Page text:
“Job creators” are a fickle bunch. We’re told that they won’t create an adequate number of jobs unless they feel more “certainty” about government policies (risk-taking, apparently, is passé). And when they aren’t seeking reassurance they are asking for bribes.
These aren’t bribes in a technical sense, but rather “incentives” in the form of special tax breaks and other forms of financial assistance. Many state and local officials are convinced that providing these incentives—more accurately, subsidies—is the only way to bring new jobs to their jurisdiction. The total annual cost is some $70 billion.
It should come as no surprise that, even when they are bribed, many purported job creators fail to deliver. My colleagues and I at Good Jobs First just published a report called Money-Back Guarantees for Taxpayers that evaluates states on their oversight of subsidy programs. This report focuses on the enforcement of the performance standards we evaluated in our previous study, Money for Something.
Here are the highlights of the new report:
Many subsidy programs—about one-third of the ones we looked at—operate essentially on the honor system. Violating Ronald Reagan’s principle of “trust, but verify,” they do not check that the data on job creation and other performance measures reported by companies receiving subsidies are accurate.
It’s encouraging that three-quarters of the programs have provisions for penalizing non-compliant companies, whether through recapture of funds already paid out (clawbacks) or the recalibration or termination of future benefits. The problem is that many of these penalty provisions—nearly half, in fact—are far from iron-clad. In many cases the implementation of the penalties by agencies is optional, or else companies can escape punishment by claiming one of various exemptions. These range from a downturn in general economic conditions to “acts of God.” Some can get off if they simply made a “good faith effort.”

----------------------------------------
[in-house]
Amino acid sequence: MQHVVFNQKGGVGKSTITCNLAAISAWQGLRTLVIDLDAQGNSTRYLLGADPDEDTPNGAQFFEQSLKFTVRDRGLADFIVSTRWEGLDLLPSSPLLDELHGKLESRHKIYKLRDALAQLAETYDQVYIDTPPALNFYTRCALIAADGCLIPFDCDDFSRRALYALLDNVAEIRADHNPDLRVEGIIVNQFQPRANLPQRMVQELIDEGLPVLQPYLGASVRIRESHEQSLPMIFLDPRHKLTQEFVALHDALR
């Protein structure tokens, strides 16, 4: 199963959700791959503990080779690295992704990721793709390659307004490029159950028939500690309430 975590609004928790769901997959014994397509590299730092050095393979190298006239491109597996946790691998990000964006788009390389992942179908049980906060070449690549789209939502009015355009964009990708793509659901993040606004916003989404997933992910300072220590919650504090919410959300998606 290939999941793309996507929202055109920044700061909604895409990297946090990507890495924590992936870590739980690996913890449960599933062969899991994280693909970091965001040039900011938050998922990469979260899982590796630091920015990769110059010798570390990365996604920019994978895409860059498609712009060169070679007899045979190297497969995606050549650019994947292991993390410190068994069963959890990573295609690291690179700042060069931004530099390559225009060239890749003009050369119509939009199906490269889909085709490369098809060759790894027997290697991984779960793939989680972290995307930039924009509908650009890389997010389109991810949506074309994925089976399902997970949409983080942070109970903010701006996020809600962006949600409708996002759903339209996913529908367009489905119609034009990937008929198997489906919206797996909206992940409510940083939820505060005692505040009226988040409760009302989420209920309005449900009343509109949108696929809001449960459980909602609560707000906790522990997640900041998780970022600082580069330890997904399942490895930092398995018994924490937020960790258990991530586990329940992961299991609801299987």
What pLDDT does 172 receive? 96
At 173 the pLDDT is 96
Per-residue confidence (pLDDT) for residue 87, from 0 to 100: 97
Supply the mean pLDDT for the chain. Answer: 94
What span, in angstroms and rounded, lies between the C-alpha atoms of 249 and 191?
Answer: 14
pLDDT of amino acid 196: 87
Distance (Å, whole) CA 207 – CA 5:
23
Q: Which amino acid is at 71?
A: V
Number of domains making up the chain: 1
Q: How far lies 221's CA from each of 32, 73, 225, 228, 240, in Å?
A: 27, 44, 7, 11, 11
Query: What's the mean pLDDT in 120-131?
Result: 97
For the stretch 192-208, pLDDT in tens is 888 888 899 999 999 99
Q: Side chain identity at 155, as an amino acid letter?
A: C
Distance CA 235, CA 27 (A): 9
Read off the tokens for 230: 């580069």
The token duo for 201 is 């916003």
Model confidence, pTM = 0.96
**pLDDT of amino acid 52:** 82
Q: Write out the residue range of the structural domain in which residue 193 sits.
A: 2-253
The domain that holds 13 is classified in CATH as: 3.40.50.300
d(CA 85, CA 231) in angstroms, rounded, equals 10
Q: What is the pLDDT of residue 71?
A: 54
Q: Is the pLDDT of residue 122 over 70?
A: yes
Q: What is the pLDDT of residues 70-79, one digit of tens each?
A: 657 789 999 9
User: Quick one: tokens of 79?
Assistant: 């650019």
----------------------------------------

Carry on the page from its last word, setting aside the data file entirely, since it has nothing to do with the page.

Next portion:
What good are penalties if they are filled with loopholes? Imagine if the criminal code had such provisions. A person caught robbing a bank could cite the poor economy as justification, or a repeat offender could get off by claiming to have really tried to go straight.
Then there’s the issue of transparency about the enforcement process. In our report, we treated the willingness of state agencies to disclose data about their oversight as an indication of whether they took enforcement seriously. We were disappointed with the results.
Only 21 programs in a dozen states publish aggregate enforcement data (i.e., without company names or other deal specifics); only 38 programs disclose the names of companies deemed to be out of compliance; and only 14 disclose the names of companies which have been penalized (and the dollar amounts). By the way, we have lists of all those disclosure sites.
The fact that a state adopts strong enforcement procedures does not guarantee that any given subsidy program or deal is a good use of taxpayer funds. Some programs may simply offer too much assistance to companies, so that benefits will never outweigh costs. For such programs, abolition rather than accountability is the correct policy, especially in times of severe budgetary stress. Some states have been doing exactly that, though in the case of Michigan any fiscal relief is being erased by simultaneous moves to lower tax rates for all businesses.
Yet as long as a program is in operation, taxpayers have a right to demand both strong performance requirements (including job creation and job quality standards) and aggressive enforcement of those requirements. When a company is given subsidies without strings, that is a handout rather than economic development.
It would be interesting to hear what Mitt Romney has to say about this. As I reported in this blog previously, some companies acquired by Bain Capital while Romney was at the buyout firm subsequently received subsidies (or continued to enjoy special tax breaks they had already been awarded). Does Romney, who has been speaking out against regulation, believe that subsidy recipients, such as those firms that helped build his fortune, should also have fewer rules to comply with?
If we are going to bribe “job-creators,” we should at least make sure they fulfill their employment promises or provide a full refund.